# performance problem, code works but consider takes long time in long list

## Question:

**Why** the following code is consider inefficient and **how** can I improve it? while the code works, in huge n or big a/b it fails to deliver instant results.

what have I tired? I sorted initially n,a and b but no change in performance.

Objective, find the sum of h-m

Note: len(a) always equal to len(b)

```
n=[1, 5, 3] #//can be with 100K+ items
a=set([3,1]) #//can be with 50K+ items
b=set([5,7])
h=0
m=0
for ia, ib in zip(a,b):
if ia in n:
h+=1
if ib in n:
m+=1
print (h-m)
```

## Answers:

Speculating, the `if x in y`

test is slowest. It probably doesn’t help much to have a and b as sets – you’re just zipping and enumerating. But if n was a set, then the membership test would likely be faster.

It’s probably not necessary to zip, given that you don’t appear to be doing anything with ia and ib such that they interact, but I doubt that that introduces much overhead.

Since `n`

is a `list`

, and it’s *huge* (100K+ items), each `if WHATEVER in n:`

is doing `O(n)`

work, involving 100K+ equality checks.

You basically have your types backwards here; you’re using `set`

s for things you iterate (where being a `set`

is saving you little aside from perhaps removing duplicates from your inputs) and using `list`

s for things you membership test (where `O(n)`

containment checks are *much* more expensive on large `list`

s than `O(1)`

containment checks are for `set`

s of any size).

Assuming the elements of `n`

are hashable, convert them to a `set`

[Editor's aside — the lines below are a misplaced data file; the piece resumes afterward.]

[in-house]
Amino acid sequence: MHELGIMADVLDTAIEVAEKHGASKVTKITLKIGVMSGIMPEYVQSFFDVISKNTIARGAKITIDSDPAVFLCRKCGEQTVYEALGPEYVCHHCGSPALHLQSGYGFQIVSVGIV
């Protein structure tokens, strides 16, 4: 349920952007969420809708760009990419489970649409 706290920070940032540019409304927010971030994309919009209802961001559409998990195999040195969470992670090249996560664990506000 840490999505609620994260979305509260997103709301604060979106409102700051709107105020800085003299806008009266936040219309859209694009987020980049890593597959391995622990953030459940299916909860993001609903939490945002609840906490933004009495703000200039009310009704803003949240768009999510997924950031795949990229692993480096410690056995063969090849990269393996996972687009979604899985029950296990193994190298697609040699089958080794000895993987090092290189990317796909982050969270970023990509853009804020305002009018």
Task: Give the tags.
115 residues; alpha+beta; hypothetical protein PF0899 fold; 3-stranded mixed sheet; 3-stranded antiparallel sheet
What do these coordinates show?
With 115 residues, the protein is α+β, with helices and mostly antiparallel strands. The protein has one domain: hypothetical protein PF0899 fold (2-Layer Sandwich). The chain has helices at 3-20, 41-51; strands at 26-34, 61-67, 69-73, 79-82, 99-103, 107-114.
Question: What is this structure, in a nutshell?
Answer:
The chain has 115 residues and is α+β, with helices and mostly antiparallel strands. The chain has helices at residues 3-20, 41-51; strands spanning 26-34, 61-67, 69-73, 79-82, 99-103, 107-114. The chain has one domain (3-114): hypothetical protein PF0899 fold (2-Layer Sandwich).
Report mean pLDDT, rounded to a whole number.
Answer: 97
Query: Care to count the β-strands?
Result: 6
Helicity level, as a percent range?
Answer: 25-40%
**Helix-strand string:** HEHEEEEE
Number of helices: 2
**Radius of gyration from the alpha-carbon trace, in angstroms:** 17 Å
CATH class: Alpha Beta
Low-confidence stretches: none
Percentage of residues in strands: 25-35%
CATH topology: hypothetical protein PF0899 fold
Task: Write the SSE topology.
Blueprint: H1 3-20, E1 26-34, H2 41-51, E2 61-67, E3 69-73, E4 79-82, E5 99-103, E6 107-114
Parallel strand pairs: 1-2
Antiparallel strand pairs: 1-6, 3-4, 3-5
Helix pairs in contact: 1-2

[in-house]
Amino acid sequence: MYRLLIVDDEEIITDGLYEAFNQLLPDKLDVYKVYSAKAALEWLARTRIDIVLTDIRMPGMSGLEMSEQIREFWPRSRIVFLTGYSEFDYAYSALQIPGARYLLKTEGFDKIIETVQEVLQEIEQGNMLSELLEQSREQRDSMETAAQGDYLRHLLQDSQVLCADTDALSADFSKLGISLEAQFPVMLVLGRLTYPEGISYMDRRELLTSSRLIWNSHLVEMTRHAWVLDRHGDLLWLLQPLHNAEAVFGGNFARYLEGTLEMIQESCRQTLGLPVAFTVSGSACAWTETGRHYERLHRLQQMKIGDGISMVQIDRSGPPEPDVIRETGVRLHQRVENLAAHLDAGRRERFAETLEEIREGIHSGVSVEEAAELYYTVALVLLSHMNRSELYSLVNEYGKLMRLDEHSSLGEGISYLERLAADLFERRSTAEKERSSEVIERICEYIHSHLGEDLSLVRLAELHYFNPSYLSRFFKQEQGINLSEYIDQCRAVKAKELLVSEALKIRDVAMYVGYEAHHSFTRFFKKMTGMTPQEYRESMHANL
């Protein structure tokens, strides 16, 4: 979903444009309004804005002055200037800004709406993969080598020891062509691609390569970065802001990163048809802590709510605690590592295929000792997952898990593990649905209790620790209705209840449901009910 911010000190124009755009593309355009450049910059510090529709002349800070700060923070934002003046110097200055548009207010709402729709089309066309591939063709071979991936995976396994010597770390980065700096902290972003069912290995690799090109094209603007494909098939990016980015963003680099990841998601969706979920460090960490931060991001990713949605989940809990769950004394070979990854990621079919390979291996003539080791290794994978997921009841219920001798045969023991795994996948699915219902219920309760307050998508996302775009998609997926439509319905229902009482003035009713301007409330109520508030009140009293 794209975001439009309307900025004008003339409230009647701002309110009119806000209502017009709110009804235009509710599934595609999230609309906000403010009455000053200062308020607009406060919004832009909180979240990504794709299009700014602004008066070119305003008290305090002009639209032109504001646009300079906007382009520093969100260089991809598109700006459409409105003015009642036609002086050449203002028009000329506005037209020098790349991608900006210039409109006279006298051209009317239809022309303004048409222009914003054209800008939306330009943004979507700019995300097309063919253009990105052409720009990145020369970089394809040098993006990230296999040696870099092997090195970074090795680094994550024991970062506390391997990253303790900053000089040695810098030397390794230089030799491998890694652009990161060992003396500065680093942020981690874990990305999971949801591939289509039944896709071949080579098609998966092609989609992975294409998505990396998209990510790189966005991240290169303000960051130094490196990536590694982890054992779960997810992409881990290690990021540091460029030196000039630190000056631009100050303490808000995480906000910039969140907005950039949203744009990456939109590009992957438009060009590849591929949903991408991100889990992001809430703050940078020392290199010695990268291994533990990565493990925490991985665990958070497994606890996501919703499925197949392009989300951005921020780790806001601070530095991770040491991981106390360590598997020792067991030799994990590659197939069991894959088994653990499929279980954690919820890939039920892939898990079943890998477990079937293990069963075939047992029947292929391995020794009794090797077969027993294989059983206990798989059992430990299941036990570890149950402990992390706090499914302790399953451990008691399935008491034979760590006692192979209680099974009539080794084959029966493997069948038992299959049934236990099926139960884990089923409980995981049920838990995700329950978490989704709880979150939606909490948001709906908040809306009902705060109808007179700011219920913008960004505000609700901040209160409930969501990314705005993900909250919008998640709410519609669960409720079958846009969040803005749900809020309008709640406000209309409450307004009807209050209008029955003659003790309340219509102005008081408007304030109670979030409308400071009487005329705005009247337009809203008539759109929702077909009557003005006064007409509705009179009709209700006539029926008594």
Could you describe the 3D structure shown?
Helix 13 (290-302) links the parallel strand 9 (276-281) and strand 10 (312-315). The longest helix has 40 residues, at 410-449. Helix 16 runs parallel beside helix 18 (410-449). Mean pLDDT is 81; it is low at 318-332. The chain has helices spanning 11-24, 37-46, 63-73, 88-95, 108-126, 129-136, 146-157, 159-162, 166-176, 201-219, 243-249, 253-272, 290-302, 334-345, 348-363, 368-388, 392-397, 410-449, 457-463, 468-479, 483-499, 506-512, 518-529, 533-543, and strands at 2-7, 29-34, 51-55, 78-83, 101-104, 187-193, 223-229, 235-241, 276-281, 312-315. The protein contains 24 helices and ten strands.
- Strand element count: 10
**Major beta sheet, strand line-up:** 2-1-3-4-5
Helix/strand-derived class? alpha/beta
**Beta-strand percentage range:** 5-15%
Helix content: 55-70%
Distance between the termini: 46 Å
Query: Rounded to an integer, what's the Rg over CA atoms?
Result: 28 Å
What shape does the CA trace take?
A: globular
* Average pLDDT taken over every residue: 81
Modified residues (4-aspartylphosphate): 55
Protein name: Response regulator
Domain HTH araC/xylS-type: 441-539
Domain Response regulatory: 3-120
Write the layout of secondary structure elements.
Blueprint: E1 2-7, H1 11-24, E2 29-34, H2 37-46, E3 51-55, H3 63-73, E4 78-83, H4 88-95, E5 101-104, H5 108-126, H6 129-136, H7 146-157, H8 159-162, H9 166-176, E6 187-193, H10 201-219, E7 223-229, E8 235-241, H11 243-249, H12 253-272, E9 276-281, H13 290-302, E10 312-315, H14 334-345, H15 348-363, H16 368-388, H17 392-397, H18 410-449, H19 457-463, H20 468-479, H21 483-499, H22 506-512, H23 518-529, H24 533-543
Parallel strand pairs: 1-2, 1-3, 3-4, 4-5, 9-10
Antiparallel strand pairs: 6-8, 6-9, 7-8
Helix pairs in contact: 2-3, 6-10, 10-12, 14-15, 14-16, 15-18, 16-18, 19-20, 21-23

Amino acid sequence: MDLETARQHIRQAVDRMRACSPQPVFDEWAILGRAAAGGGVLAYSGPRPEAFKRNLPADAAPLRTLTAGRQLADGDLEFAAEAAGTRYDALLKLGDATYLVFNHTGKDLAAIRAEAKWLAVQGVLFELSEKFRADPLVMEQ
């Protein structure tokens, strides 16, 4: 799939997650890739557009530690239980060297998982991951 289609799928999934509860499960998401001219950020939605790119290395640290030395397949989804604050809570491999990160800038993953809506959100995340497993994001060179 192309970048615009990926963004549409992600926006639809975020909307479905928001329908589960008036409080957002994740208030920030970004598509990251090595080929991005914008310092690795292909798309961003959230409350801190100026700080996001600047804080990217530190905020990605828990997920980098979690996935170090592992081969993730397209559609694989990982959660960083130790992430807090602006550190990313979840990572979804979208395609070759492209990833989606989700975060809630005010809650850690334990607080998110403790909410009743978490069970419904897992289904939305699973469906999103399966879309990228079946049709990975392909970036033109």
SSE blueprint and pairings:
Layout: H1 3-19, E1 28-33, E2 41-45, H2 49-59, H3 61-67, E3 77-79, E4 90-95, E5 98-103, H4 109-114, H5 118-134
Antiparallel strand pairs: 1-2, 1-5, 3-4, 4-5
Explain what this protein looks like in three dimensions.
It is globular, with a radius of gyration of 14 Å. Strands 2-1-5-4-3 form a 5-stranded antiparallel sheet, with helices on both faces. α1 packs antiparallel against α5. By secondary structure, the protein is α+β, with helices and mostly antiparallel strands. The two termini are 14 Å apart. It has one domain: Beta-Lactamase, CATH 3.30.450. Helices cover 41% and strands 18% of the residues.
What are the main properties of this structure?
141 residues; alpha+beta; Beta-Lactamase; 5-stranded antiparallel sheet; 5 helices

before the loop and use containment tests against the `set`

:

```
n=[1, 5, 3] #can be with 100K+ items
nset = set(n) # Cache set view of n
a=set([3,1]) #can be with 50K+ items
b=set([5,7])
h=0
m=0
for ia, ib in zip(a,b):
if ia in nset: # Check against set in O(1)
h+=1
if ib in nset: # Check against set in O(1)
m+=1
print (h-m)
```

Note that `zip`

ing is doing nothing except possibly excluding some elements from being iterated at all; if `len(a) != len(b)`

, you’ll fail to check the elements that would be iterated beyond the length of the shortest `set`

. If you want to count them all, the simplest solution is to split the loops replacing the single loop with just:

```
h = sum(1 for ia in a if ia in nset) # sum(ia in nset for ia in a) also works, but it's somewhat slower/less intuitive
m = sum(1 for ib in b if ib in nset)
```

Here’s an easy way – using `set.intersection`

– and without using a `for`

loop or `zip`

function:

```
n = [1, 5, 3] # can be with 100K+ items
a = {3, 1} # can be with 50K+ items
b = {5, 7}
nset = set(n) # cache set view of n
h = len(nset & a)
m = len(nset & b)
print(h - m)
```